Saturday February 24, 2024


ChatGPT will digitally tag images generated by DALL-E 3 to help battle misinformation
  Posted by: Engadget on Feb 7th, 2024 10:25 AM

In an age where fraudsters are using generative AI to scam money or tarnish one's reputation, tech firms are coming up with methods to help users verify content — at least still images, to begin with. As teased in its 2024 misinformation strategy, OpenAI is now including provenance metadata in images generated with ChatGPT on the web and DALL-E 3 API, with their mobile counterparts receiving the same upgrade by February 12.

The metadata follows the C2PA (Coalition for Content Provenance and Authenticity) open standard, and when one such image is uploaded to the Content Credentials Verify tool, you'll be able to trace its provenance lineage. For instance, an image generated using ChatGPT will show an initial metadata manifest indicating its DALL-E 3 API origin, followed by a second metadata manifest showing that it surfaced in ChatGPT.

Despite the fancy cryptographic tech behind the C2PA standard, this verification method only works when the metadata is intact; the tool is of no use if you upload an AI-generated image sans metadata — as is the case with any screenshot or uploaded image on social media. Unsurprisingly, the current sample images on the official DALL-E 3 page returned blank as well. On its FAQ page, OpenAI admits that this isn't a silver bullet to addressing the misinformation war, but it believes that the key is to encourage users to actively look for such signals.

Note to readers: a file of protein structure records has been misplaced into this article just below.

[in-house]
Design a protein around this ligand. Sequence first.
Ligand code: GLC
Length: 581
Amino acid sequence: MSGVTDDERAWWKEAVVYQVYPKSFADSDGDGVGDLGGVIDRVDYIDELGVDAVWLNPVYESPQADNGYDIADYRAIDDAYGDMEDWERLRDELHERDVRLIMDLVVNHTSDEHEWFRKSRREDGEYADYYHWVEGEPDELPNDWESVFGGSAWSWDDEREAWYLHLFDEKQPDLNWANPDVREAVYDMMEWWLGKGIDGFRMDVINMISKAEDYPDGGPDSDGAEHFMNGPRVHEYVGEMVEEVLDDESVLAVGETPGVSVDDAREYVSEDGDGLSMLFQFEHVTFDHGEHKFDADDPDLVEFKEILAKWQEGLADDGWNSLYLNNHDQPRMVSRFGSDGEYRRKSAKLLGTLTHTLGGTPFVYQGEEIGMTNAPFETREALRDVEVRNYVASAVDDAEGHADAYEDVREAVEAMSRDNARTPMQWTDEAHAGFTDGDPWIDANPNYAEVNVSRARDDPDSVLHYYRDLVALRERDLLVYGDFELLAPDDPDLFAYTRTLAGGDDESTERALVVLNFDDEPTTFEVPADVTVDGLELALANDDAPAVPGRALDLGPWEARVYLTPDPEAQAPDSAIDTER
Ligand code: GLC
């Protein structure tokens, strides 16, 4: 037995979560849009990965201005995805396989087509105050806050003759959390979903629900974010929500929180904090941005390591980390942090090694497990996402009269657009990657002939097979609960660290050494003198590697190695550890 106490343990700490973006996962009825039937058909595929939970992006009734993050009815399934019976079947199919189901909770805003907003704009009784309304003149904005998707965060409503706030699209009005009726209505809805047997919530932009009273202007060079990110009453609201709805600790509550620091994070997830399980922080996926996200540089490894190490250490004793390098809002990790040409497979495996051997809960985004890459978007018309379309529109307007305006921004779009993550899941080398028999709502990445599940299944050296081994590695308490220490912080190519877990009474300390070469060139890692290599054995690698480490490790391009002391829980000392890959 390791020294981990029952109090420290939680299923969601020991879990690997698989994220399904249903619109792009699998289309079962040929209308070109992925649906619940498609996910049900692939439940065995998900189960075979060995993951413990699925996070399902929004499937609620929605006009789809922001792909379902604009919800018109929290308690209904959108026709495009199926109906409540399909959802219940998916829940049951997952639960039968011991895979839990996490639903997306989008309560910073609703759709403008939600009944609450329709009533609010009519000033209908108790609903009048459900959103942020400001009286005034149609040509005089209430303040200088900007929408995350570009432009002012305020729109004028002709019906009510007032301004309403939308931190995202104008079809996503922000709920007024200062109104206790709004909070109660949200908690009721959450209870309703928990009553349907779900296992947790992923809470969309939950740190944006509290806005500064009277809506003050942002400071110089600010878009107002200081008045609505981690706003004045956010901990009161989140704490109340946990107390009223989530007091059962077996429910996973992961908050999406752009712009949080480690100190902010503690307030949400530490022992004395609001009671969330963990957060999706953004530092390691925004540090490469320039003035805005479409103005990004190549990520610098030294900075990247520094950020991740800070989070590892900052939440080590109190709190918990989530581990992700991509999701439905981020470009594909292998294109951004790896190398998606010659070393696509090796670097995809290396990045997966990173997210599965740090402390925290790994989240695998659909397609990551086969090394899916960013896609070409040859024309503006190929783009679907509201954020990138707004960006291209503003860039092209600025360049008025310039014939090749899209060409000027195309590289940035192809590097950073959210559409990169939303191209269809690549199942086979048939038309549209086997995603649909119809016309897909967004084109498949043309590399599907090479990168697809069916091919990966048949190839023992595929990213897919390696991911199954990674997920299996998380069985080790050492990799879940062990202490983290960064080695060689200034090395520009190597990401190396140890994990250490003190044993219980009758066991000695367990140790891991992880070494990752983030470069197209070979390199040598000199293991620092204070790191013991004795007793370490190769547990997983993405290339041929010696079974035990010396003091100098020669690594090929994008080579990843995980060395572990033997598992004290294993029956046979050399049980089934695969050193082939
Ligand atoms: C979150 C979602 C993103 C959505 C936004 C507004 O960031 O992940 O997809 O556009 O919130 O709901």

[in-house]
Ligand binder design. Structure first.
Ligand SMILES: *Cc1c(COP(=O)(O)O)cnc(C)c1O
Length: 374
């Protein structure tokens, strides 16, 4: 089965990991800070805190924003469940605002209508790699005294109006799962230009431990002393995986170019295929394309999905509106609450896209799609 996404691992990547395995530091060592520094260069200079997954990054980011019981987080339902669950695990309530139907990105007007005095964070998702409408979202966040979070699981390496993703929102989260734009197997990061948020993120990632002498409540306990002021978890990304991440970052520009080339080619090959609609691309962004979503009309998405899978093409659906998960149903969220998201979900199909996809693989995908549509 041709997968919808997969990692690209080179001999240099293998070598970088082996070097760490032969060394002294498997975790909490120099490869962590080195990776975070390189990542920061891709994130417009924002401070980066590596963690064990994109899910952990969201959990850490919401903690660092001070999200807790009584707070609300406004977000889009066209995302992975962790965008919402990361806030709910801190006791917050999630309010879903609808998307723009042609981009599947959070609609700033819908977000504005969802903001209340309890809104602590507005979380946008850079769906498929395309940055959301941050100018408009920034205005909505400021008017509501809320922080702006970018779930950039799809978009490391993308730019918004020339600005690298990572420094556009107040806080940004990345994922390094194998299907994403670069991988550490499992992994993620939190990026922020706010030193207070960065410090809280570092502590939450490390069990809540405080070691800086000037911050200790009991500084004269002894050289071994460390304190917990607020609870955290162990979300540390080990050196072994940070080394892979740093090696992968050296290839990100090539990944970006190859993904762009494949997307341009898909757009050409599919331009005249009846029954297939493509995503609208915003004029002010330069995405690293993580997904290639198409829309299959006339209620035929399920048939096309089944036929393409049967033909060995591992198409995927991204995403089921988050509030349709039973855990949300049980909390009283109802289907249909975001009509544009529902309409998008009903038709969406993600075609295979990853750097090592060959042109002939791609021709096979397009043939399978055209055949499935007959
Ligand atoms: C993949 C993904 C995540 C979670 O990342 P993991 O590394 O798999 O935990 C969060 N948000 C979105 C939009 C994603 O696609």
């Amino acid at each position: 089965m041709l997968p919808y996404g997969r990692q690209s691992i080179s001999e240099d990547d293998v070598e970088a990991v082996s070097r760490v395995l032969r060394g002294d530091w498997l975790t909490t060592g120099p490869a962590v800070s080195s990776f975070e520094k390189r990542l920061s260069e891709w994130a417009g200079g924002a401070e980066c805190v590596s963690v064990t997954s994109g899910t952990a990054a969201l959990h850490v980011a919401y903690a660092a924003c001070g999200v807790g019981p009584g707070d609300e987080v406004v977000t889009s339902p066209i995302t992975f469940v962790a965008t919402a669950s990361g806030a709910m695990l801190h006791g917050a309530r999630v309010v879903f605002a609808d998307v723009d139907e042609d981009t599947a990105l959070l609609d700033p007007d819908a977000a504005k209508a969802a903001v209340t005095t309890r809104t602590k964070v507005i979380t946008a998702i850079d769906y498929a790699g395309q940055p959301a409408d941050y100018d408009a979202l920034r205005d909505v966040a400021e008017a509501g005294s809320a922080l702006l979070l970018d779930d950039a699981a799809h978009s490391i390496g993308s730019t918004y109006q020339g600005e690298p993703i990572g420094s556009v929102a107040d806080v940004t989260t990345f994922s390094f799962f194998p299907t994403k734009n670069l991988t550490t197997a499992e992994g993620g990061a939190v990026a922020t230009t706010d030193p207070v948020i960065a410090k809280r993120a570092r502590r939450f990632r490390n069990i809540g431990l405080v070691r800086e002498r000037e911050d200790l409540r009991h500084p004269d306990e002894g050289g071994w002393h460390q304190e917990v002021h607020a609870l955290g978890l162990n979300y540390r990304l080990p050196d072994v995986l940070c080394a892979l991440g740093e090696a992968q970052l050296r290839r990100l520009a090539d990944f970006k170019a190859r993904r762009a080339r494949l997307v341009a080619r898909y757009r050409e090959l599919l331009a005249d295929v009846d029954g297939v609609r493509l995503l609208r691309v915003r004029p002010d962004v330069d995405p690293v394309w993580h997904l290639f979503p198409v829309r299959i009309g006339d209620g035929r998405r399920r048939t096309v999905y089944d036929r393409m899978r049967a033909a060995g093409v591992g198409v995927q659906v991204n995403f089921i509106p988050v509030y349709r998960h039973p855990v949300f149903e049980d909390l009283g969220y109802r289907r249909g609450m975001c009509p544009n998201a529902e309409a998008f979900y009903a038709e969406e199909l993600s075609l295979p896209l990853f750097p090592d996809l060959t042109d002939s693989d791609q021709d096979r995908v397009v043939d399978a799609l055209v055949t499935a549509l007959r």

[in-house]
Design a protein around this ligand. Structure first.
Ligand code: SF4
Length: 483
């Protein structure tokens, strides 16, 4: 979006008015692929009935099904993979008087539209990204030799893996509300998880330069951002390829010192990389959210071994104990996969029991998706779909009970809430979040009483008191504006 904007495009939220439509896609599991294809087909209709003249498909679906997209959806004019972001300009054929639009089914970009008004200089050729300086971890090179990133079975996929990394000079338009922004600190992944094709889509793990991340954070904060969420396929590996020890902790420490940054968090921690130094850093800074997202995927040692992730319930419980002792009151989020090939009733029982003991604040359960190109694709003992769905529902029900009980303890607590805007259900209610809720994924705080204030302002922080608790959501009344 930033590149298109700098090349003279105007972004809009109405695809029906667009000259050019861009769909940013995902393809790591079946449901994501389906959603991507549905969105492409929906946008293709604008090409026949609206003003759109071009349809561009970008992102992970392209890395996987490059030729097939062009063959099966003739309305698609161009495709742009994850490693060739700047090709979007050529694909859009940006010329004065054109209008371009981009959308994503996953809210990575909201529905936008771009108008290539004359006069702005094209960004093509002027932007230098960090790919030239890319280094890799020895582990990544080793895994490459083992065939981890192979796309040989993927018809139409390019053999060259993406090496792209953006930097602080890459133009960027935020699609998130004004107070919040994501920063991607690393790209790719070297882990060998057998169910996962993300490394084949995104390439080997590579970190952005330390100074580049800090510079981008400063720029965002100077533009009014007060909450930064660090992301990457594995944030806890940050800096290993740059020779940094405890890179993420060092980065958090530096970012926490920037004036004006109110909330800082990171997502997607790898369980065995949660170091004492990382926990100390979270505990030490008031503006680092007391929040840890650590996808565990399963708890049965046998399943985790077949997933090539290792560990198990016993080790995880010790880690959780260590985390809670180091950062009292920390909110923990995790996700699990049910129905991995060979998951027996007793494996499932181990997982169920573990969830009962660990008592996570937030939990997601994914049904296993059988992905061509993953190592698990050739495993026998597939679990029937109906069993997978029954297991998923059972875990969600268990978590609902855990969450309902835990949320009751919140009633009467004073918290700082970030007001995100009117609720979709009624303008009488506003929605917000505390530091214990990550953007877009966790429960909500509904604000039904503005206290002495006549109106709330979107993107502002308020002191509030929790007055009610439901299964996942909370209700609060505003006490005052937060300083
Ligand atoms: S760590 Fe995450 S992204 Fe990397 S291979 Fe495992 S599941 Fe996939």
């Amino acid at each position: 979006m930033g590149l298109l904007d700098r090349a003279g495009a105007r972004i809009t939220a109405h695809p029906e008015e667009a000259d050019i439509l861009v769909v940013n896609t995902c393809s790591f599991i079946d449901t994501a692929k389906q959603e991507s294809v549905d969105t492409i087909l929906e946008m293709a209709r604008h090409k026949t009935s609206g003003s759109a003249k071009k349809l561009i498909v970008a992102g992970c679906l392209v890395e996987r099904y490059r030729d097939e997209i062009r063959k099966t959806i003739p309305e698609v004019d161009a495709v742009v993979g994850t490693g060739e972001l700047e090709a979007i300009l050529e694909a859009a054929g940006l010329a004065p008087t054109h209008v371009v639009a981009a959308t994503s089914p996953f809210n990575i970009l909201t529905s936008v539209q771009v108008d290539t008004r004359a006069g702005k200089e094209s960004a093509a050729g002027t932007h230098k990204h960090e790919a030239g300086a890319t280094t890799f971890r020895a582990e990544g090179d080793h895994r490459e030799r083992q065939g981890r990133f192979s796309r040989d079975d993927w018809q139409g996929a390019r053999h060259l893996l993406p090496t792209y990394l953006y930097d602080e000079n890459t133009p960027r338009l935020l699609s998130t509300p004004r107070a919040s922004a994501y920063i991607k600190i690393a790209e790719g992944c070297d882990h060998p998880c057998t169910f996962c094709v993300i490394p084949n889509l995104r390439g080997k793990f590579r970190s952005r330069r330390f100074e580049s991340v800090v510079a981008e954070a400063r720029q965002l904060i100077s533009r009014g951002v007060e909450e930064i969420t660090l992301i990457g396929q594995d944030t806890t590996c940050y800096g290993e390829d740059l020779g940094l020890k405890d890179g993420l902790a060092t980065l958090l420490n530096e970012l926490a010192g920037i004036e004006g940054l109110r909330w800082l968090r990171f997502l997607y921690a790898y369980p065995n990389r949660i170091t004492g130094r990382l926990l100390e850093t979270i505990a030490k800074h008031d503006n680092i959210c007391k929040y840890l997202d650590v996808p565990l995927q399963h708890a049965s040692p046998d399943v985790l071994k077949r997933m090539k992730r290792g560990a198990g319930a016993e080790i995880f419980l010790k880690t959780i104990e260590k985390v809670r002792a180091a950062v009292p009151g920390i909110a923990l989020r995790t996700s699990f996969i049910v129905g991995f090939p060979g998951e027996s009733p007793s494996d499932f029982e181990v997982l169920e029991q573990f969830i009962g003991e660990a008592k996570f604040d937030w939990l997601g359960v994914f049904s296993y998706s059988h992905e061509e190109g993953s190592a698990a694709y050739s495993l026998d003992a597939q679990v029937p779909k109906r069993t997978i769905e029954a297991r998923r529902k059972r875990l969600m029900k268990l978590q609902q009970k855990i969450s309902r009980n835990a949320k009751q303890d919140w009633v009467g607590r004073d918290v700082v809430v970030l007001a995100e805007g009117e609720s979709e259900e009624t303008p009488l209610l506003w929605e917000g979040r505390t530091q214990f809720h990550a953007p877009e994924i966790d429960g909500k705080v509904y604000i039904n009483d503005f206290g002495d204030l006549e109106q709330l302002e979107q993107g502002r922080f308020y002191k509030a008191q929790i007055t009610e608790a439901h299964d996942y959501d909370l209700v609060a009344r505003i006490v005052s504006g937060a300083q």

While OpenAI's latest effort on thwarting fake content is currently limited to still images, Google's DeepMind already has SynthID for digitally watermarking both images and audio generated by AI. Meanwhile, Meta has been testing invisible watermarking via its AI image generator, which may be less prone to tampering.

This article originally appeared on Engadget at https://www.engadget.com/chatgpt-will-digitally-tag-images-generated-by-dall-e-3-to-help-battle-misinformation-102514822.html?src=rss

See Original Article At Engadget



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